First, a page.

Tuesday, July 31, 2012

Wild About Writing Wednesday... Onomatopoeia

In my quest to find ideas for teaching writing right from the beginning of the school year, I came across a lesson on the craft of using onomatopoeia in the book I Can Write Like That! a Guide to Mentor Texts and Craft Studies for Writer's Workshop, K-6 and thought what a simple and great way to start the school year writing. Just like adding simple labels, our youngest writers can add onomatopoeia or words that describe sound to their writing pieces.
The use of onomatopoeia and alliteration are abundant in children's literature and can easily be identified by our youngest learners so they are both perfect crafts to start with when teaching writing. Begin by selecting mentor texts containing onomatopoeia- some books may be filled with onomatopoeia while others may contain just one or two choice examples.  

possible mentor texts for this craft...






Encourage your students to find differences in the ways the different books use onomatopoeia. Guide them to see the various distinctions between the kinds of onomatopoeia used in books such as animal sounds, indoor sounds, nature sounds, action sounds, etc. A Tree Map would be a great way to chart these different types of sound words. 

Have students close their eyes and listen for the different sounds around them for 30 seconds. Then have them share the sounds they heard. Chart their ideas. As a class come up with an onomatopoeic word to describe the sound. For example: "tap, tap, tap" or "scratch, scratch" or "eeek, eeek, eeek", etc. Chart the new words with pictures that match the sounds. Take students outside the classroom to find new sounds. Stop periodically and draw their attention to new sounds.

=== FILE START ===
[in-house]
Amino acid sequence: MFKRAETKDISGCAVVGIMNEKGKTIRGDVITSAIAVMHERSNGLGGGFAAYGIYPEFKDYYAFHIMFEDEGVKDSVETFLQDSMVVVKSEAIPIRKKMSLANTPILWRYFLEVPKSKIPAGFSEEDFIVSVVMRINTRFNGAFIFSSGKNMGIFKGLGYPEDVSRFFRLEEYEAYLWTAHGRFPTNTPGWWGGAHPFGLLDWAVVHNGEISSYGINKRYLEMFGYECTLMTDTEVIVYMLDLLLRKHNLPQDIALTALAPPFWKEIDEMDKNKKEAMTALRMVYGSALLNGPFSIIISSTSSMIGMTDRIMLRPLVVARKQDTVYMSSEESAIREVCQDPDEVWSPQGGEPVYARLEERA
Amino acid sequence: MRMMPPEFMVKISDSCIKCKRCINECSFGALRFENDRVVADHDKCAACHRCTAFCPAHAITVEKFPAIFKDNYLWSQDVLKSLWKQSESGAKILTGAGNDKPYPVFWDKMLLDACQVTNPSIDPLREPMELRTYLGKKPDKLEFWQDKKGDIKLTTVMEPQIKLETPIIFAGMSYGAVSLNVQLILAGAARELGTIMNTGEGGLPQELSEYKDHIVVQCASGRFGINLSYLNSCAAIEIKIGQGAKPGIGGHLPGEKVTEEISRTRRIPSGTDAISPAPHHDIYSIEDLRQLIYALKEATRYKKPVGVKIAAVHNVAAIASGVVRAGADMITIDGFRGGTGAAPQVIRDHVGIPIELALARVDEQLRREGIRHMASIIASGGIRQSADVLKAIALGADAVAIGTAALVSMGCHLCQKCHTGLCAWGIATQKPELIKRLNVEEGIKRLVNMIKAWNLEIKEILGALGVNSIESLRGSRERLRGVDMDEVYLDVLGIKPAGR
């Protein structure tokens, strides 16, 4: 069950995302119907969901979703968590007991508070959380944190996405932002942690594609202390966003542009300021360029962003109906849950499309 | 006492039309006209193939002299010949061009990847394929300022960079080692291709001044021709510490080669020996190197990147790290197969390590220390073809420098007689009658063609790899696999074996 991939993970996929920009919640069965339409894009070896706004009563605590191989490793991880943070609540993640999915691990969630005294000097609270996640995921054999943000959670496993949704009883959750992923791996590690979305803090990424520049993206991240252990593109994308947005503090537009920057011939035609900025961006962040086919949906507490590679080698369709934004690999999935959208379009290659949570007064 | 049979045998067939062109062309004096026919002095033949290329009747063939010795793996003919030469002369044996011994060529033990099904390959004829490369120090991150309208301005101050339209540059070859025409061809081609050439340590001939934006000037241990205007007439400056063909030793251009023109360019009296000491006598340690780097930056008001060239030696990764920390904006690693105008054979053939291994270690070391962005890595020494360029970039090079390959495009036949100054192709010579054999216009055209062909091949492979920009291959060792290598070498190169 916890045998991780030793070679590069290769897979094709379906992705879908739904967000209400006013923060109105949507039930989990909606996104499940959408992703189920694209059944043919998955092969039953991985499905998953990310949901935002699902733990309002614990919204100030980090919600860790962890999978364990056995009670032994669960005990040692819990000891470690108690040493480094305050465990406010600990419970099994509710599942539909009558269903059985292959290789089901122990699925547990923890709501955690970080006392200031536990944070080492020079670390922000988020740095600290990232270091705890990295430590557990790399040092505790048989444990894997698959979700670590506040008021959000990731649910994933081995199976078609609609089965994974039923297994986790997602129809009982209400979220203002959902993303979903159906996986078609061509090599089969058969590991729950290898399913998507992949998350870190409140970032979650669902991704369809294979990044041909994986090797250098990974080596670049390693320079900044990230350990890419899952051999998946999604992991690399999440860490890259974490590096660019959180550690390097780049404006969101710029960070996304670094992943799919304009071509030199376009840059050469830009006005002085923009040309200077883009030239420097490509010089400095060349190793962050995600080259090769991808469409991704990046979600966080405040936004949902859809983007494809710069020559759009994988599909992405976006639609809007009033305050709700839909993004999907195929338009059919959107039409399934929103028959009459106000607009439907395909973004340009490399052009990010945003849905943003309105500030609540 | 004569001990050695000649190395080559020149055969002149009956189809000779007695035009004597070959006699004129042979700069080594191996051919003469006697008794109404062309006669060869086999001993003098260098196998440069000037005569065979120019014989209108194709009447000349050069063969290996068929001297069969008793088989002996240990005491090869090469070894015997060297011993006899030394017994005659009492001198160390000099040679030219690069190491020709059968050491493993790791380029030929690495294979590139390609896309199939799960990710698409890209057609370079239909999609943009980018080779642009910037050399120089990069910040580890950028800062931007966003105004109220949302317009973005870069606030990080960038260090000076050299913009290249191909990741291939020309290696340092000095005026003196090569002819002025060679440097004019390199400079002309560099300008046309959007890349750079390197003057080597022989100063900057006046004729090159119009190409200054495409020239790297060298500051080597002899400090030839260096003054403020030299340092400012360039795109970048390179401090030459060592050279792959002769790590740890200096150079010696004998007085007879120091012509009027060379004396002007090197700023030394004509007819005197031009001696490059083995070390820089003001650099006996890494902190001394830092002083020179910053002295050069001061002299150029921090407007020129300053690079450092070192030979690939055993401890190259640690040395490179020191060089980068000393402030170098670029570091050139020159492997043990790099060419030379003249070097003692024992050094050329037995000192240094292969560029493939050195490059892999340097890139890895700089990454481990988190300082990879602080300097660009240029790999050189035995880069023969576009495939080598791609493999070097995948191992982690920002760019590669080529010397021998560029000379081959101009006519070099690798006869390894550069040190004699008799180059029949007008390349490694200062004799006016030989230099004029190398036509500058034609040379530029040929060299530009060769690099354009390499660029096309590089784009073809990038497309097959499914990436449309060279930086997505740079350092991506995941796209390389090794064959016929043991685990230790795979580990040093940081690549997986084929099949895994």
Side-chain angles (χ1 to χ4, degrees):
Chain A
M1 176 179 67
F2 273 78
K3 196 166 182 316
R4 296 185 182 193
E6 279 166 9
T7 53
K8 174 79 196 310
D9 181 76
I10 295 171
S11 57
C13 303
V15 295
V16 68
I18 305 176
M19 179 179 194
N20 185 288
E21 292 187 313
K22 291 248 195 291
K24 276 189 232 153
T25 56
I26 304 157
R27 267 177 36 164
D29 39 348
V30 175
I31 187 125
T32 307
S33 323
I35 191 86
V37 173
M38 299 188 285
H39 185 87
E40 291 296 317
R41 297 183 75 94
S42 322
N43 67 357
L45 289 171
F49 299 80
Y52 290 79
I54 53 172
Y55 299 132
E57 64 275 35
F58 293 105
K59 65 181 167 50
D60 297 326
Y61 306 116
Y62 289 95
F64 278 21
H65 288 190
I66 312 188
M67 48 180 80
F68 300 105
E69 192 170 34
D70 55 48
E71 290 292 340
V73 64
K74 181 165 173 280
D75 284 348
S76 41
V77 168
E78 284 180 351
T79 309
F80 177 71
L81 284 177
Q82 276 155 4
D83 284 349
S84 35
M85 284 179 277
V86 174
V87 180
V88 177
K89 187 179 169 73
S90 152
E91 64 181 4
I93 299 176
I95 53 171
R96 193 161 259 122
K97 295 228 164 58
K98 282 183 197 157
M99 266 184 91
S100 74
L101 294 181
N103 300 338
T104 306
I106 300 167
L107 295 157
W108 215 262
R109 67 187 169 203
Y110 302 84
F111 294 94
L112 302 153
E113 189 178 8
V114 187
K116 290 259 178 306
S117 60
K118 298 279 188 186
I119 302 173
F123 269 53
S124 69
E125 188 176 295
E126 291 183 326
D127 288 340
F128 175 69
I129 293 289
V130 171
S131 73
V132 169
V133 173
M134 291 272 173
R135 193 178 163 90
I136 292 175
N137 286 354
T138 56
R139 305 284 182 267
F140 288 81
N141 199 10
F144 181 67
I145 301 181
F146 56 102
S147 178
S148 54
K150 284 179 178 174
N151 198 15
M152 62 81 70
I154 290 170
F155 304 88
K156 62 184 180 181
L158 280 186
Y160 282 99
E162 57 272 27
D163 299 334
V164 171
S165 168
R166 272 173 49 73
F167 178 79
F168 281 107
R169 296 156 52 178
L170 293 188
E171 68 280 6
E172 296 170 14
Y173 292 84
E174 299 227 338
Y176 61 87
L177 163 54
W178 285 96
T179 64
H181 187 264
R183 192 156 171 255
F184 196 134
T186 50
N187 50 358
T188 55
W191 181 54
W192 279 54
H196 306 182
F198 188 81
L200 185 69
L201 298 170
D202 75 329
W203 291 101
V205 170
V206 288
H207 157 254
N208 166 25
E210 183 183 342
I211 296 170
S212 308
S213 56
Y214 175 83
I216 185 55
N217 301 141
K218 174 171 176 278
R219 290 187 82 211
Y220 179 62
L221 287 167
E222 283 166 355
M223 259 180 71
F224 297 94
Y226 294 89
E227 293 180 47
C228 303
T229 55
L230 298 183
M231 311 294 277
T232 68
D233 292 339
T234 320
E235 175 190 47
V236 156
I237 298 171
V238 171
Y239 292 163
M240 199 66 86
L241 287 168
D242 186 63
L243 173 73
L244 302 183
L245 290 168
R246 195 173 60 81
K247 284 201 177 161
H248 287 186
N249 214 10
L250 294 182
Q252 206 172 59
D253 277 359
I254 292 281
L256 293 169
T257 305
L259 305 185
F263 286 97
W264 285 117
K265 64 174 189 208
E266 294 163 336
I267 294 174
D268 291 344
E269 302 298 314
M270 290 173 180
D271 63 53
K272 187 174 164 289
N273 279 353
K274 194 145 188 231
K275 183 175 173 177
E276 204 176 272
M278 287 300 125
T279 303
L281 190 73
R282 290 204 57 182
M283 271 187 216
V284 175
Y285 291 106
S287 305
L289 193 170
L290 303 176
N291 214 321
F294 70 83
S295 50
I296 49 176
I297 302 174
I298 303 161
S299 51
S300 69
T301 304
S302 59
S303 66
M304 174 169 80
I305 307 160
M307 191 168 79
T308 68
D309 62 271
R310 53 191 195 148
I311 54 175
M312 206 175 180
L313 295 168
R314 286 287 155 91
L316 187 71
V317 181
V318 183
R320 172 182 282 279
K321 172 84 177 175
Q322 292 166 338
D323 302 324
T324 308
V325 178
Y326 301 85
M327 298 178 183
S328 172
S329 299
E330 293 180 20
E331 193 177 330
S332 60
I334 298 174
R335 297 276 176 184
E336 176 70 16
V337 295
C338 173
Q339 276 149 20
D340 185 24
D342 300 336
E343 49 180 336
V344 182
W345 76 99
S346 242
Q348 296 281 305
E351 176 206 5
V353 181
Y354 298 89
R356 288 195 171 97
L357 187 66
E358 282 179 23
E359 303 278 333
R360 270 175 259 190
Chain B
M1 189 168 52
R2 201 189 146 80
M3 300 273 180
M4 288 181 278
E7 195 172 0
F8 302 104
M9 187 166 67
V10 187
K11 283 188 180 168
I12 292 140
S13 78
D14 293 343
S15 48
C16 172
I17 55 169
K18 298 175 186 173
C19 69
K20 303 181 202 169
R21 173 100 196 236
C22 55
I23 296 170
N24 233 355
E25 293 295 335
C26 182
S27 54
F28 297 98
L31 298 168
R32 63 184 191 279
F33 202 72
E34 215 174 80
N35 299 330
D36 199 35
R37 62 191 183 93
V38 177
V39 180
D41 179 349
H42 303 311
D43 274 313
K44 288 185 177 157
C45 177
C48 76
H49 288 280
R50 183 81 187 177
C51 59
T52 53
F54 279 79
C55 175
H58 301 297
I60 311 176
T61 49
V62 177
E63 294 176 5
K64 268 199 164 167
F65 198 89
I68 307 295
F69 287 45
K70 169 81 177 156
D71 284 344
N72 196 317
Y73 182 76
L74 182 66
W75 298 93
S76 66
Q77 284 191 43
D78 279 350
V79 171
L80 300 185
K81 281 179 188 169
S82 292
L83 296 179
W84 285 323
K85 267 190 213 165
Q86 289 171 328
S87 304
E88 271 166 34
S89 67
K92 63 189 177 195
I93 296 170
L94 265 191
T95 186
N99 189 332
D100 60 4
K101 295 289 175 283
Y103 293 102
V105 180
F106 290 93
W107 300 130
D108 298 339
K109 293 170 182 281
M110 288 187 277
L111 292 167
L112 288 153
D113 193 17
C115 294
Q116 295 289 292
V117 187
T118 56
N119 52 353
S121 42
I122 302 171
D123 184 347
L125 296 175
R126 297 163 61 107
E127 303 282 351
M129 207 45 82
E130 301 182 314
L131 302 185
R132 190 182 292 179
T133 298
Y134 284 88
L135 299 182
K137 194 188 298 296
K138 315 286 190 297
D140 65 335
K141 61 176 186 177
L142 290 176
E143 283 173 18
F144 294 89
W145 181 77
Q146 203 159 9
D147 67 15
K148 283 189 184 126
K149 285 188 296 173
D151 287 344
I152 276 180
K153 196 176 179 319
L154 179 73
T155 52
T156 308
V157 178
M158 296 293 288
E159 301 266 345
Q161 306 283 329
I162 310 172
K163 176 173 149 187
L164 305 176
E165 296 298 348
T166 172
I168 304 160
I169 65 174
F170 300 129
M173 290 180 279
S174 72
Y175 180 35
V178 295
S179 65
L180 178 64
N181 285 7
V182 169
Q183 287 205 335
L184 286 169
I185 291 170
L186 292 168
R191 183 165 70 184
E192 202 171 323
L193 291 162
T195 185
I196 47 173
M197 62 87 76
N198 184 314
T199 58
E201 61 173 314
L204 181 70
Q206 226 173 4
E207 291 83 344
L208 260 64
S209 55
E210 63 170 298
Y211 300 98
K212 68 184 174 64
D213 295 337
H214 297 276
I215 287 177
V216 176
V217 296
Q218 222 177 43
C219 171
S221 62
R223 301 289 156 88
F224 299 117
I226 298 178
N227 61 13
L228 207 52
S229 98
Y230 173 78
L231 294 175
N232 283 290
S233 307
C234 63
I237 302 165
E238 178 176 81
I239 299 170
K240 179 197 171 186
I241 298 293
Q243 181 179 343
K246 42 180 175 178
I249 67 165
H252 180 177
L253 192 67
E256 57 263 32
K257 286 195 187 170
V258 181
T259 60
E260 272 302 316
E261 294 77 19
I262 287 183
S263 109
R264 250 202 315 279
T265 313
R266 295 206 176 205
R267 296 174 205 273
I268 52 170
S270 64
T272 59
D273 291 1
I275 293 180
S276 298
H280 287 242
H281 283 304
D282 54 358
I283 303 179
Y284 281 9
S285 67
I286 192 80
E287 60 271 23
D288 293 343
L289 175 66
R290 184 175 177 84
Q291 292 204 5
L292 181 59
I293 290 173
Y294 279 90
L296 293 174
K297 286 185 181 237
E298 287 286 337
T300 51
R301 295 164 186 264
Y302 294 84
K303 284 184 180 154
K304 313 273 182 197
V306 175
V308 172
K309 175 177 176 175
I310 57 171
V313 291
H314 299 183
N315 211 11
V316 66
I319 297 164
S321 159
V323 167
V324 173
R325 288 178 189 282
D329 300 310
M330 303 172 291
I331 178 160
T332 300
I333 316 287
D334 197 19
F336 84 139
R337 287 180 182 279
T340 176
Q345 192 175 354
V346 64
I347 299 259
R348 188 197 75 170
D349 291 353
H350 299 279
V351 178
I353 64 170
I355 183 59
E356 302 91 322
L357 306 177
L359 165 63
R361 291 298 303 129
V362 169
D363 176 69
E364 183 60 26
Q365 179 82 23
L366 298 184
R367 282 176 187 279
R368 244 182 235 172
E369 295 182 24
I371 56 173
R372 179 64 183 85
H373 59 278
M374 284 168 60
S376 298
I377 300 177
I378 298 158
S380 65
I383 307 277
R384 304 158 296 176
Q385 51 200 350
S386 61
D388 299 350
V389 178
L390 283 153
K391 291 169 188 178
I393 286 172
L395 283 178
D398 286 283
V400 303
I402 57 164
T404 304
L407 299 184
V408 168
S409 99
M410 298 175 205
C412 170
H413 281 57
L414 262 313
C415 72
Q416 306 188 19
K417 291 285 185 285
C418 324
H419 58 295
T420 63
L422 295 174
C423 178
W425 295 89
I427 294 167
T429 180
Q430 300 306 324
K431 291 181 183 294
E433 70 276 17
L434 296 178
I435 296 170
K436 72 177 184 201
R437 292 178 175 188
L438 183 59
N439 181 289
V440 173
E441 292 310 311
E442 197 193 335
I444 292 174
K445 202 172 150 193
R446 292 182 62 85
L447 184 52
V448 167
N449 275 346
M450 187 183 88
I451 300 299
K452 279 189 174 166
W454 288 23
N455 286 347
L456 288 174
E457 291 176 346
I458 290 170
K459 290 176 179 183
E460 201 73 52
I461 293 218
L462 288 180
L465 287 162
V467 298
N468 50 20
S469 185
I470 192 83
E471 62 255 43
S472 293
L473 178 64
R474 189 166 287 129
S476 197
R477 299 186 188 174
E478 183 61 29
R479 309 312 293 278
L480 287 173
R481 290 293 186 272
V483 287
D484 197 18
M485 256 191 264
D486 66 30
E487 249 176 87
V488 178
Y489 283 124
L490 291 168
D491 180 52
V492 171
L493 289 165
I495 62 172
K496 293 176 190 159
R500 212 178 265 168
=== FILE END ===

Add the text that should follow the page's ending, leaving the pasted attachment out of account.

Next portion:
As a class, create a shared writing piece based on a class listening walk. Use the book The Listening Walk as a model for the piece. Invite students to give onomatopoeic words to fill in the sentences. Transfer the story to smaller sheets of paper. Then have students work together to illustrate the sentences.  

This is a kindergarten example from the book. 
This craft is a great place to start because it is so readily found in children's books, children can relate to it, and it brings the writing down to 1-3 words. If you know of other great mentor texts for teaching onomatopoeia please share them in a comment below. 








9 comments:

applesandabcs said...

Thank you for sharing the book ideas! :)

Michelle

Ella said...

Thanks for sharing this! I would love to try those.

Allison said...

Thanks for sharing these ideas! I am going to order this writing book today. I also love to use mentor texts by Donald Crews to teach Onomatopoeia (Sail Away is especially great).

Miss Pasqua said...

Thanks for sharing all these book recommendations! i have only read "Max Found Two Sticks" and the kids throughouly enjoyed it..I agree with Doanld Crews..his books are amazing for onomatopeia.

Anonymous said...

Thanks for your post. My younger son has included onomatopeoa in his writing since reading Toys Go Out series last year in 1st grade. I tell him to keep it up as it definitely draws in a reader:)

Asma Jawed said...

Thanks for sharing!! I can't wait to use this strategy in my KG class!!!

School Sparks Renee said...

Thanks for sharing these resources!

Alice said...

This is a very smart approach to engage young learners. I really like it!

Anonymous said...

Froggy books...zip,zut, zap! Gulp, ahhhhhh! I have a collection and pair kids up to write them down and then trade books to find some more. They love it!